Christmas Away from Home
By Bob & Melissa Hill
In 1985 we moved to Japan with our 9 year old daughter and 3 year old twins. We were told we couldn’t have a Christmas tree, so what to do?! We told Melissa’s mother our predicament, and she totally surprised us by sending us a ceramic nativity set that SHE MADE!!! One piece was shattered when it arrived, but Bob carefully glued it back together.
36 years later, we still set that nativity out! Eventually, a Japanese friend said for us to “be American” and our Christmas traditions began! Being a family with young children, we took the few Christmas ornaments we had with us so there would be some memories of home. Our children remember all the baking and cooking around the holiday – memories! We invited our neighbors into our home for Christmas songs and stories – memories. One year we hired a community center and had our children English students perform the Christmas Story (one side of the stage was set up with modern Christmas tree and a family (Japanese) telling the first Christmas story, the other half of the stage we enacted the story)-memories.
Once we had so many Japanese visitors for our Christmas play in our house, we had to take our sliding doors to our garden off and set up chairs for the overflow. We were packed to say the least!-memories! We made memories for our family. Memories are forever!
Then, in 1995 we moved to Scotland. By the time we moved to Scotland, the twins were 13. Our oldest daughter stayed in America to go to university – our first Christmas without the whole family. There were tears! Our first Christmas, several of the neighbors wanted to go caroling and give out mince pies (a mini pie the size of a cupcake-fruitcake without the cake) and hot drinks door to door. Well….we learned that night that though we sing the same Christmas songs, we do not sing them to the same tune! It took us awhile to acquaint ourselves to the tune of “O Little Town of Bethlehem.”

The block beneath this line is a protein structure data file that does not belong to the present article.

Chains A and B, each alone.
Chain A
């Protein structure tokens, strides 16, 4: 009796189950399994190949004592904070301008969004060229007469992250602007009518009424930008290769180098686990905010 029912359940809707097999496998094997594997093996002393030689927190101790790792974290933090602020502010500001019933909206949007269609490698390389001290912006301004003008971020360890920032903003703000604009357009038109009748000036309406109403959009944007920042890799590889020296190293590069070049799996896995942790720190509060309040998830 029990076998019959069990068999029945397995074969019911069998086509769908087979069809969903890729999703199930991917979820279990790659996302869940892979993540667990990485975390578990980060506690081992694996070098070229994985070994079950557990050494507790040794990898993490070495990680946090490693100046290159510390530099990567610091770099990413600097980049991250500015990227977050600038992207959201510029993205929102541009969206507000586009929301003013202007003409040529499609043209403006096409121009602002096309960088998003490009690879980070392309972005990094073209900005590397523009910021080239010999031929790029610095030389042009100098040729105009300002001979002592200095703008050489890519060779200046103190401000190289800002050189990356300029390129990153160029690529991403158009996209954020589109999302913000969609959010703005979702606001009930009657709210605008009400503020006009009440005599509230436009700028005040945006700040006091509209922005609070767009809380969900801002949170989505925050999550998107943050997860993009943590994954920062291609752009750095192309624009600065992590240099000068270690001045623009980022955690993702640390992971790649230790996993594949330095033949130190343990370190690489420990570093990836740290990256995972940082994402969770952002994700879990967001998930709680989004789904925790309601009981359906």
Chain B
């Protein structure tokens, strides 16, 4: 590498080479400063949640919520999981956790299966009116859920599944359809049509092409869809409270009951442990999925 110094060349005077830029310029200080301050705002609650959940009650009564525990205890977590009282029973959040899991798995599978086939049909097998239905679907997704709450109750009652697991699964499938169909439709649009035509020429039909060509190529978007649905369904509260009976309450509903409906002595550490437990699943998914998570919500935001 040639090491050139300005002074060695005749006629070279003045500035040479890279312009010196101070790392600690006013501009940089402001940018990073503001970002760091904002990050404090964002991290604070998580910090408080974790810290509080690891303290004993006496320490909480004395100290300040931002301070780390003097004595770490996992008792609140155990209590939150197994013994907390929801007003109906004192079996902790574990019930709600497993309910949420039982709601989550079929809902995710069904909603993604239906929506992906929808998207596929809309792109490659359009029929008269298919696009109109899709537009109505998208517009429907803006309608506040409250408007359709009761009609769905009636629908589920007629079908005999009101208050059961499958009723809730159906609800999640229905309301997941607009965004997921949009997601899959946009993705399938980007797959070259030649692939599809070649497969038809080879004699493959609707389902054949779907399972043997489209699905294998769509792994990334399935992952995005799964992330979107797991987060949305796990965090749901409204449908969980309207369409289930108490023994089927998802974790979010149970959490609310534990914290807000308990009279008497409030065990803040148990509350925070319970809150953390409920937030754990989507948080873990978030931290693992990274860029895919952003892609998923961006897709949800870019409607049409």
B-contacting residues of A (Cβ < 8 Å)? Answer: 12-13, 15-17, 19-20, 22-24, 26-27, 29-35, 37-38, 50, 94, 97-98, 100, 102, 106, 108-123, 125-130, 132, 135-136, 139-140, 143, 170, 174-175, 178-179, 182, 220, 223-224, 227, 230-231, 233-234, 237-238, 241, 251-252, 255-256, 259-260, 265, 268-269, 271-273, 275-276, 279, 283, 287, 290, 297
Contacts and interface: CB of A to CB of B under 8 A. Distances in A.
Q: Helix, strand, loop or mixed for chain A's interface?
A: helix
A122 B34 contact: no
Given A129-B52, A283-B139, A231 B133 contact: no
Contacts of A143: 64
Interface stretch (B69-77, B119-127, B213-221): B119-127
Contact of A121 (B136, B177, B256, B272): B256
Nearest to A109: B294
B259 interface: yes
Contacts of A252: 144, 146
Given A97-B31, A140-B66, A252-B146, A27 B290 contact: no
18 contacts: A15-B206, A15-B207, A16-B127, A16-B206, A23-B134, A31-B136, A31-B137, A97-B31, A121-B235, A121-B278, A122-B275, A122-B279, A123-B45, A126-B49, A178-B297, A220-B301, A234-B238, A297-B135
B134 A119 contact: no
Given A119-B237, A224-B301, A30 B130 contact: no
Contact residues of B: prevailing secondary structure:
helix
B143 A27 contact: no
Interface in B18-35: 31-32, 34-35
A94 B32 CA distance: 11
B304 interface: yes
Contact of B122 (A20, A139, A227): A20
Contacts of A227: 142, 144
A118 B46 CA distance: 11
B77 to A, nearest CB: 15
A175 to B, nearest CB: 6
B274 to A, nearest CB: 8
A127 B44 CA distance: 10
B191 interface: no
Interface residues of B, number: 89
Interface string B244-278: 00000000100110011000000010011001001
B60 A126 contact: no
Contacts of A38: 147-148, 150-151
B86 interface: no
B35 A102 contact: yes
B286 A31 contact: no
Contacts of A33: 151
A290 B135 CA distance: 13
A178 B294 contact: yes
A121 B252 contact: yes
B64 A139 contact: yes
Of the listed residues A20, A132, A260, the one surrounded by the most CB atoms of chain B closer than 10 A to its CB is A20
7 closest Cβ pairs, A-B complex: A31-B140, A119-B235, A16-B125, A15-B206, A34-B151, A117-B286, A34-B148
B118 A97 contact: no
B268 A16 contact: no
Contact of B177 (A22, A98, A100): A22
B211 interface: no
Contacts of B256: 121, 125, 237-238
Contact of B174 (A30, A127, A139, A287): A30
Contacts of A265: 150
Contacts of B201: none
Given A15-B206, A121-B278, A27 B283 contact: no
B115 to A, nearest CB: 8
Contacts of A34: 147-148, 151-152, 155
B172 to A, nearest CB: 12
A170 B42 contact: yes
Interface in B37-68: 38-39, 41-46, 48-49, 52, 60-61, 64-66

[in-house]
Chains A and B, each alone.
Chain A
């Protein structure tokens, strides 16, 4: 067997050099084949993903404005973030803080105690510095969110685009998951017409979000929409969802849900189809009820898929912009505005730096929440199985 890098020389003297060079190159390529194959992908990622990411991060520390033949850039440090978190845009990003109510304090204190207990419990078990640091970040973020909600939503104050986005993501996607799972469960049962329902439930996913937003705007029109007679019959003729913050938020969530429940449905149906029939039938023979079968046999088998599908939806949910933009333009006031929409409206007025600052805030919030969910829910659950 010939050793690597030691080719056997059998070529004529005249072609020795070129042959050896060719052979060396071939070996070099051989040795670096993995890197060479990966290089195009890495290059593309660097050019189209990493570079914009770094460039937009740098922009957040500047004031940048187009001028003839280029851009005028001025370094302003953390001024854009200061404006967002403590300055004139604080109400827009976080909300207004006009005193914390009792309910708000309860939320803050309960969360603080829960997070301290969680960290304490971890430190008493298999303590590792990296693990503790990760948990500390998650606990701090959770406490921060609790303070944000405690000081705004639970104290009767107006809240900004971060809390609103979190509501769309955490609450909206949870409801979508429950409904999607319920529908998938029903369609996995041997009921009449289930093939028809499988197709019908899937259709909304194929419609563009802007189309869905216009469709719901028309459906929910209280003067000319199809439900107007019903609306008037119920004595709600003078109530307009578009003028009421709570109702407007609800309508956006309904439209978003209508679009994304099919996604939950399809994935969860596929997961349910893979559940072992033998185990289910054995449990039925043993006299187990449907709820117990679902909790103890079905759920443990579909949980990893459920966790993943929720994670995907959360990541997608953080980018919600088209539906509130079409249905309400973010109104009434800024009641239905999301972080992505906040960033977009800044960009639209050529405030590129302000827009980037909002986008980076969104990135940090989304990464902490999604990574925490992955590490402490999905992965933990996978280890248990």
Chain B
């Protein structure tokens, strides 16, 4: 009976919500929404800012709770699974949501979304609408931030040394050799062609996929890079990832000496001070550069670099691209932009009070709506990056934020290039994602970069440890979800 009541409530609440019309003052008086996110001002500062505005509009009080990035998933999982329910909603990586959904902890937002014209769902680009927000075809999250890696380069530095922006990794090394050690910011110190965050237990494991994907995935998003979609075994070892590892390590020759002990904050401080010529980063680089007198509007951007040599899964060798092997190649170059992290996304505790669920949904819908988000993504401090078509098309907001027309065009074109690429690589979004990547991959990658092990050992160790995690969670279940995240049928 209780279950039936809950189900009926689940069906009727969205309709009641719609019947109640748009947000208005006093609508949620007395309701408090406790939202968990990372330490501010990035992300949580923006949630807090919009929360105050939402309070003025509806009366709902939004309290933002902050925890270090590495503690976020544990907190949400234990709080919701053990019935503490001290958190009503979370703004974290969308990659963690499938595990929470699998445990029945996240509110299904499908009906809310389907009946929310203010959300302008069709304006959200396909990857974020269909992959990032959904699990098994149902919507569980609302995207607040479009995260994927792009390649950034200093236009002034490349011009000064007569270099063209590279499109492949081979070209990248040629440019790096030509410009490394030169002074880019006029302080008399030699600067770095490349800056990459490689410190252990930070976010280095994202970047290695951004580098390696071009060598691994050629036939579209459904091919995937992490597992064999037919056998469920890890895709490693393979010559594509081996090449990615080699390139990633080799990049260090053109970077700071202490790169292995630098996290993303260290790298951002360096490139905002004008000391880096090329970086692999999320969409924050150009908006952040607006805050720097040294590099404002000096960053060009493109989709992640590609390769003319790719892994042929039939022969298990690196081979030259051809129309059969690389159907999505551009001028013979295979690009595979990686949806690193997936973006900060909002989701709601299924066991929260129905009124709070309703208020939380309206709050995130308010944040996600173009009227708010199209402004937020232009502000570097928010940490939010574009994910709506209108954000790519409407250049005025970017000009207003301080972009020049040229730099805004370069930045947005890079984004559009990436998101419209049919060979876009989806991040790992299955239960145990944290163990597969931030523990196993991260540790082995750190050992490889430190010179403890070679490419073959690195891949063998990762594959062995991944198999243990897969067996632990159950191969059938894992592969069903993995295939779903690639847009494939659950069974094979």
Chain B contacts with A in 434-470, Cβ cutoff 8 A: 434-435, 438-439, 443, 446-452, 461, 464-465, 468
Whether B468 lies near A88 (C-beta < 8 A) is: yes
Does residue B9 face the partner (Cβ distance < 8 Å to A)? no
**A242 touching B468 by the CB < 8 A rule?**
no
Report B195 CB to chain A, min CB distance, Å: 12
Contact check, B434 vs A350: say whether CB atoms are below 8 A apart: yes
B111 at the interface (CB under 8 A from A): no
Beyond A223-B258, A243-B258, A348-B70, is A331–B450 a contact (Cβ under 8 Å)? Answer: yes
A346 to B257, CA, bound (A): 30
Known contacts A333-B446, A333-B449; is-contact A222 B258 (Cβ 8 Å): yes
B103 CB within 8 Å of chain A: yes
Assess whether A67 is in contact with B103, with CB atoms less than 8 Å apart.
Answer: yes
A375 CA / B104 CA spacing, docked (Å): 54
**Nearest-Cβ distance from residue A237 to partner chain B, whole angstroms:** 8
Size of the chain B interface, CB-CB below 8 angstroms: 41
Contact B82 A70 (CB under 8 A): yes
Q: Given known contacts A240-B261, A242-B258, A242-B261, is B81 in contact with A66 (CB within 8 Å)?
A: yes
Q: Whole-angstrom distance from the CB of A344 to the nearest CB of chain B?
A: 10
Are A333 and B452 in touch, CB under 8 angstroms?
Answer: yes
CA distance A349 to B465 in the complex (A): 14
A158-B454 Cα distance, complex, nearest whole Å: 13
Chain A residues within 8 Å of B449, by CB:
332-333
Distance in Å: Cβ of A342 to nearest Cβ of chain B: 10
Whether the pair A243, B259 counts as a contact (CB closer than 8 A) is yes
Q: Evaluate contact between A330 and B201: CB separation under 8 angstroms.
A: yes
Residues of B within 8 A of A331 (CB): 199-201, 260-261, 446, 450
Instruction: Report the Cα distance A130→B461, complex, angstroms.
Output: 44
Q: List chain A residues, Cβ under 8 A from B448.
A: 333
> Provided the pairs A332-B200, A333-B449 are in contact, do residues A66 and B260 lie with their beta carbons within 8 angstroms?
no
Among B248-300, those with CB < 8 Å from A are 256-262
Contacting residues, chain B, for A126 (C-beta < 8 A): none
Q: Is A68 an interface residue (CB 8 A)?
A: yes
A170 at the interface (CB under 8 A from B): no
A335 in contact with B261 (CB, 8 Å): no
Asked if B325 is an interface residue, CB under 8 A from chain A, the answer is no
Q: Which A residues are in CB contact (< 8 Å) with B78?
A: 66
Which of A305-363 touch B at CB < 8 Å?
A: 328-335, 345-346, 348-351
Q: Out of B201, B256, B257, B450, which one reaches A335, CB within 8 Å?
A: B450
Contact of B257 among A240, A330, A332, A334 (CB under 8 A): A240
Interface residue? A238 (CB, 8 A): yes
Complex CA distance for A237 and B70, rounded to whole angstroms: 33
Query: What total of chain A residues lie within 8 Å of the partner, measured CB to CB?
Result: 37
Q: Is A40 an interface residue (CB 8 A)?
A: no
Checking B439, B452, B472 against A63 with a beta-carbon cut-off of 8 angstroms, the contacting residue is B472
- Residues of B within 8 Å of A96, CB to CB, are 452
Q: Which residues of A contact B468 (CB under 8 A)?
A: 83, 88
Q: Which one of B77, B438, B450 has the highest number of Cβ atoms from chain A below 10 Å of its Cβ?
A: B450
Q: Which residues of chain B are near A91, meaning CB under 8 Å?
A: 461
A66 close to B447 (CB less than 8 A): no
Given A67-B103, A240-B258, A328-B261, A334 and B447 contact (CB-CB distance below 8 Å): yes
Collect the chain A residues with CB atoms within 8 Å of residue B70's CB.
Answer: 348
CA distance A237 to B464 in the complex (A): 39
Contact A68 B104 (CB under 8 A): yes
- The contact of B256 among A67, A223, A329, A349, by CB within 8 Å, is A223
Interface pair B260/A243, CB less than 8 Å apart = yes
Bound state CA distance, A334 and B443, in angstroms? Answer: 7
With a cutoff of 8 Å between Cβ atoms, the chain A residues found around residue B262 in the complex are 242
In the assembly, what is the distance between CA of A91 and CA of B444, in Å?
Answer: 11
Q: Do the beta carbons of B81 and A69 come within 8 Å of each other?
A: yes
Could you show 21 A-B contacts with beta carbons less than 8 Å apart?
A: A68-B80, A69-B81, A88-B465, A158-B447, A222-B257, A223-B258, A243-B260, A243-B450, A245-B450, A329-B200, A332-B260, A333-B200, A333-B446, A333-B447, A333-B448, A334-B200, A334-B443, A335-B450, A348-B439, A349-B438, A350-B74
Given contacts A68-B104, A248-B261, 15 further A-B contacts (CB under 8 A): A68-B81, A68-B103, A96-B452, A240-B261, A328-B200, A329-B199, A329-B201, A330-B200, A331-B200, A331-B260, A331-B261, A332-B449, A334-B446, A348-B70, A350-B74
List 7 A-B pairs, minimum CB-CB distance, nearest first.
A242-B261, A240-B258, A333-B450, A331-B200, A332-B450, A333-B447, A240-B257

Eventually we moved into Overtoun House and had Christmas programs open to the community. We baked and baked and baked some more! Our good friend, the mayor of our shire, Denis, read “A Child’s Christmas in Wales” by Dylan Thomas. Our question: who is Dylan Thomas?? You adjust! These events included songs, raffles, Dylan Thomas, and a tombola. What is a tombola, we asked? The tombola was created in Italy for Christmas as a version of bingo. In Scotland, you draw a number and if it matches the prise, you win. If you lose, you get a piece of candy. As I said, we baked and baked. After these events, we made trays of food and gave them to the post man, took them to schools for the teachers and to local businesses.
We’ve only been back “home” 3 times in 35 years. But, honestly, we love our traditions we’ve started overseas! Like reading “The Best Christmas Pageant Ever” (I cry every time!) And now our adult kids read it to their children. Like Christmas Crackers at Christmas meals in our hallway. Sharing loads of food with family and friends. Memories! Traditions! Christmas! Oh yeah…and we wake up really early on Christmas morning…Esther calls it “the butt-crack of dawn”! How early? Well, 6am is considered late! Oh yeah number 2…We always have Cinnamon Rolls, homemade, and bacon for breakfast!
Happy Christmas to you all!